Oregon Bureau of Labor and Industries

Rule Rule 839-007-0000

As used in ORS 653.601 (Definitions for ORS 653.601 to 653.661) to 653.661 (Preemption) and these rules:


“City with a population exceeding 500,000” means a city with a population exceeding 500,000 located within the state of Oregon.


“Family member” means an employee’s spouse, same-gender domestic partner, custodial parent, non-custodial parent, adoptive parent, foster parent, biological parent, stepparent, parent-in-law, a parent of an employee’s same-gender domestic partner, an employee’s grandparent or grandchild, or a person with whom the employee is or was in a relationship of in loco parentis. “Family member” also includes the biological, adopted, foster child or stepchild of an employee or the child of an employee’s same-gender domestic partner. An employee’s child in any of these categories may be either a minor or an adult at the time qualifying leave pursuant to these rules is taken.


“Health care provider” means:


A person who is primarily responsible for providing health care to an eligible employee or a family member of an eligible employee, who is performing within the scope of the person’s professional license or certificate and who is:


A physician licensed under ORS chapter 677;


A dentist licensed under ORS 679.090 (Issuance of license);


A psychologist licensed under ORS 675.030 (Licensing of psychologists after examination);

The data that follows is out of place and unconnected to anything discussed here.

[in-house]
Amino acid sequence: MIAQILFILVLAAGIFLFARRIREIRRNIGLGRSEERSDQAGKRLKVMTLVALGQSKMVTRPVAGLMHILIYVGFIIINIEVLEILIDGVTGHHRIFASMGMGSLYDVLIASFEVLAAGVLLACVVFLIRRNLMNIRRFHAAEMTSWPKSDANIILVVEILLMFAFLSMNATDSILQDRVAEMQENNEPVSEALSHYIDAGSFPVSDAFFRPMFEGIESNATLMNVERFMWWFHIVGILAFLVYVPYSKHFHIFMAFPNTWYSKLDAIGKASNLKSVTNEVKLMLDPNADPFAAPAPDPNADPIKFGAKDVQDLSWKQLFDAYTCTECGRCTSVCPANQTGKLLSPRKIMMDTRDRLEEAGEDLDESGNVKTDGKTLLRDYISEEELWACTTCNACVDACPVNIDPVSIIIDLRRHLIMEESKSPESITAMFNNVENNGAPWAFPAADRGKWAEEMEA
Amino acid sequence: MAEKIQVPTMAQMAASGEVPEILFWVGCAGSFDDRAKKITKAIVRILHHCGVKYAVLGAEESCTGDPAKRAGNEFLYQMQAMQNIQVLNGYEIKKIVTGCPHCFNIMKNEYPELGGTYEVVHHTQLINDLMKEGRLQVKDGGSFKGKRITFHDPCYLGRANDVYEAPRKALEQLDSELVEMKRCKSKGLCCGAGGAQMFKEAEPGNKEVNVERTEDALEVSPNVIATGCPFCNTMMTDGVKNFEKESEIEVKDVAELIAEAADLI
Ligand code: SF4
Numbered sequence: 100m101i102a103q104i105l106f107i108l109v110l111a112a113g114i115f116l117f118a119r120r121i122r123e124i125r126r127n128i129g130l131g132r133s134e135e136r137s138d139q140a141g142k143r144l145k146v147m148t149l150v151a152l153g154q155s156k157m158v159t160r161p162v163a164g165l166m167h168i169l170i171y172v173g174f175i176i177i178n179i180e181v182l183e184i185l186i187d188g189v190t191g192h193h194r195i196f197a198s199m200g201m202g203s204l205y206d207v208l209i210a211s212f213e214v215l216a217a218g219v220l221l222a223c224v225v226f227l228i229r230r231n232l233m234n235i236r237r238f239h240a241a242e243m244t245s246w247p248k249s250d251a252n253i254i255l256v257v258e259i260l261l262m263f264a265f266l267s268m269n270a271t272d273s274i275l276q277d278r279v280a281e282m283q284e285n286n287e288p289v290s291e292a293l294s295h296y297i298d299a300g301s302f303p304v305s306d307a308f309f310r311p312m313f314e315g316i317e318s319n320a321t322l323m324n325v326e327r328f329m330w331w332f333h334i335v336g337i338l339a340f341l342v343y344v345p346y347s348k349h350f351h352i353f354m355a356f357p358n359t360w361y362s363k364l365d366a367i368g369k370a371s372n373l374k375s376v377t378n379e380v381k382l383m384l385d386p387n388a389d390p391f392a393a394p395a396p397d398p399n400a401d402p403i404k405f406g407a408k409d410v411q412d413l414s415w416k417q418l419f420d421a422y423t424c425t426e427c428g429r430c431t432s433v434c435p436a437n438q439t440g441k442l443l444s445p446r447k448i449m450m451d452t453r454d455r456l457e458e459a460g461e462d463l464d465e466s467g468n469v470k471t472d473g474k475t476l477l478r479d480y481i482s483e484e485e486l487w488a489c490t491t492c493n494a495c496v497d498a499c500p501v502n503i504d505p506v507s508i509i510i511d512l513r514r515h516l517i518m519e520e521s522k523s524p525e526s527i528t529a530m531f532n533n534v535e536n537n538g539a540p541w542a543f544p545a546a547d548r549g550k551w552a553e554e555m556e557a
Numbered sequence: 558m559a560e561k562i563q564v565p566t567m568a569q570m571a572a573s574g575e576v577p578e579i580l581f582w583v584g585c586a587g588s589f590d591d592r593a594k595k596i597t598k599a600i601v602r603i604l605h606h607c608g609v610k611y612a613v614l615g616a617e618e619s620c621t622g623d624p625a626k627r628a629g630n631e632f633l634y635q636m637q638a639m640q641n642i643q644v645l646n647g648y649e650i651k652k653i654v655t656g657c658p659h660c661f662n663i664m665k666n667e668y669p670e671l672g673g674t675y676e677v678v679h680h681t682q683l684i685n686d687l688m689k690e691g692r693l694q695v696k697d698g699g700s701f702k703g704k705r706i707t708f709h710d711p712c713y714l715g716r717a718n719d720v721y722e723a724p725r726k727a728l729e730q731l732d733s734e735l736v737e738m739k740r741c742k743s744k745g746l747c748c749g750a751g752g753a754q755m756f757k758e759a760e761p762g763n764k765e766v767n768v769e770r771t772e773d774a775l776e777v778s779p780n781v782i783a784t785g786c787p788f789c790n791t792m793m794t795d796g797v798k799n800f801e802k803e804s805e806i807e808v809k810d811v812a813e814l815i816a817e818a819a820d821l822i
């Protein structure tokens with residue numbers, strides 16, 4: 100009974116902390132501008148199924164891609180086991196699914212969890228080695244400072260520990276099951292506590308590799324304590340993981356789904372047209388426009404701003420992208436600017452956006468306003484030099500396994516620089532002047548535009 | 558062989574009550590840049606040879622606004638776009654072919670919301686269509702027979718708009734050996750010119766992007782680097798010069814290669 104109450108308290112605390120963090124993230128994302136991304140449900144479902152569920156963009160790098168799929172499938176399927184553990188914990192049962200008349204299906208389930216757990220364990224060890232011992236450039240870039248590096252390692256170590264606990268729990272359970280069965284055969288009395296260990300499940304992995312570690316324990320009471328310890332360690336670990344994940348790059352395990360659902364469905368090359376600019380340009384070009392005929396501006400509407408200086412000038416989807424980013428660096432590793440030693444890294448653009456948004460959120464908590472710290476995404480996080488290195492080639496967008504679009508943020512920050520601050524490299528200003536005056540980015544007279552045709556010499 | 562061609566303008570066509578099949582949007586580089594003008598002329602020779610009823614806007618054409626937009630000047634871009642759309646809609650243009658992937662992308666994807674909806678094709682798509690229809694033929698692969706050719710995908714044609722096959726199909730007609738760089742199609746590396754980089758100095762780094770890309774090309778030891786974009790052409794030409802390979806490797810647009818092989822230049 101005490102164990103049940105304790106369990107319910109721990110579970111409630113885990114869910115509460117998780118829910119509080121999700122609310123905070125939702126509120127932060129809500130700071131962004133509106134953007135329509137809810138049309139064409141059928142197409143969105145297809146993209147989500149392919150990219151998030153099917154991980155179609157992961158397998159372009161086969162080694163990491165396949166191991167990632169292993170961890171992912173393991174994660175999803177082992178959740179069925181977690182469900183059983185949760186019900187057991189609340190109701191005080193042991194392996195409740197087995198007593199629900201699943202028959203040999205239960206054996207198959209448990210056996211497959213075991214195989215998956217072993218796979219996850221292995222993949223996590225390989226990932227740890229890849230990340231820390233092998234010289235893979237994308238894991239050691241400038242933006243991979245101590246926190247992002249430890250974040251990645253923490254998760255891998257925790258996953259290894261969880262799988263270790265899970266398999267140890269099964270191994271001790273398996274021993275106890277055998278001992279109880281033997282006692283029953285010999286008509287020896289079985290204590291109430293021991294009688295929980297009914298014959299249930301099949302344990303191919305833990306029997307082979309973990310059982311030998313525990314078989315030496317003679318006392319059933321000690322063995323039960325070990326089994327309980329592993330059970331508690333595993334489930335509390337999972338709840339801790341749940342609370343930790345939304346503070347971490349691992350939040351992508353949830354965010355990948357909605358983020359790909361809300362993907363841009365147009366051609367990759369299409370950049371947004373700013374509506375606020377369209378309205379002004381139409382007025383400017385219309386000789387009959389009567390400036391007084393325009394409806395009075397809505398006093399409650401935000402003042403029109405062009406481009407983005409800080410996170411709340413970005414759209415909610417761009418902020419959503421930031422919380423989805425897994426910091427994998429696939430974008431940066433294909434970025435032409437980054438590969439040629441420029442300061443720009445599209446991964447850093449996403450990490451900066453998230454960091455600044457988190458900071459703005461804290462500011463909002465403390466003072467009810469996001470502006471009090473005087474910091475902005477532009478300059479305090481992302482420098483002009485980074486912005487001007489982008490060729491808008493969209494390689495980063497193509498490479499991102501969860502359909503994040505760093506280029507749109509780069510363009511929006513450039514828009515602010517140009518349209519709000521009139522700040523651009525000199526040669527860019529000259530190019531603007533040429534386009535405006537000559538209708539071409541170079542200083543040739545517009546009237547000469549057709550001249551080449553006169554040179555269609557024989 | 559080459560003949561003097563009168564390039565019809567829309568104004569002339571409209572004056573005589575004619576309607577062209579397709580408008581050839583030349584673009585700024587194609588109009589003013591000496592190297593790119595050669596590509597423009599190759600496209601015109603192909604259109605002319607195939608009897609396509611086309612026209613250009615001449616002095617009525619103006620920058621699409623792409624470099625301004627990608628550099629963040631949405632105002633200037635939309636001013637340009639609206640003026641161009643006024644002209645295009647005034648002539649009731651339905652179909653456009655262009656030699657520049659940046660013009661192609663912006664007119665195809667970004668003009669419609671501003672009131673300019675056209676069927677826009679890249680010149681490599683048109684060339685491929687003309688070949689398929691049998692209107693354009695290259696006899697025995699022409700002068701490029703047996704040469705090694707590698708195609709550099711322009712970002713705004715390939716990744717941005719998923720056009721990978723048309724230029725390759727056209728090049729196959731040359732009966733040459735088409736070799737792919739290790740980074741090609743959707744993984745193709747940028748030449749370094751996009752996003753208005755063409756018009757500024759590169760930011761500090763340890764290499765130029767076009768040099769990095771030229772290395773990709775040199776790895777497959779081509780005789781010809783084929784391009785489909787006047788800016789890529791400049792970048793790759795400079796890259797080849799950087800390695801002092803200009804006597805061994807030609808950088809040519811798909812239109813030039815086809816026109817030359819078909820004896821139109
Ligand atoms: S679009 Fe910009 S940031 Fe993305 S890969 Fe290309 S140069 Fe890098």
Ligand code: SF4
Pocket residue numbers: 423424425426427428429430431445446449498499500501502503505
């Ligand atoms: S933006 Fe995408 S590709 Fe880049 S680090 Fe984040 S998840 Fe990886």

An optometrist licensed under ORS 683.070 (Issuance of certificates of licensure);


A naturopath licensed under ORS 685.080 (Examination and reexamination of applicants);


A registered nurse licensed under ORS 678.050 (Examining applicants);


A nurse practitioner certified under ORS 678.375 (Nurse practitioners);


A direct entry midwife licensed under ORS 687.420 (Standards for licensing);


A licensed registered nurse who is certified by the Oregon State Board of Nursing as a nurse midwife nurse practitioner;


A regulated social worker authorized to practice regulated social work under ORS 675.510 (Definitions for ORS 675.510 to 675.600) to 675.600 (Duties of board);


A chiropractic physician licensed under ORS 684.054 (Issuing license), but only to the extent the chiropractic physician provides treatment consisting of manual manipulation of the spine to correct a subluxation demonstrated to exist by X-rays; or


A physician’s assistant licensed under ORS 677.512 (Licensure).


A person who is primarily responsible for the treatment of an eligible employee or a family member of an eligible employee solely through spiritual means, including but not limited to a Christian Science practitioner.


“Hours worked” means all hours for which an employee is employed by and required to give to the employer and includes all time during which an employee is necessarily required to be on the employer’s premises, on duty or at a prescribed work place and all time the employee is suffered or permitted to work. “Hours worked” includes “work time” as defined in ORS 653.010 (Definitions for ORS 653.010 to 653.261)(11) as well as overtime hours worked.


“Regular rate of pay” means the regular hourly rate that an employee earns for the workweek in which the employee uses paid sick time and which is no less than the applicable statutory minimum wage rate. An employer must apply a consistent methodology when calculating the regular rates of pay to similarly situated employees. An employee’s regular rate of pay shall be determined as follows:


For employees paid on the basis of a single hourly rate, the regular rate of pay means the same hourly rate the employee would have earned for the period of time in which sick time is used.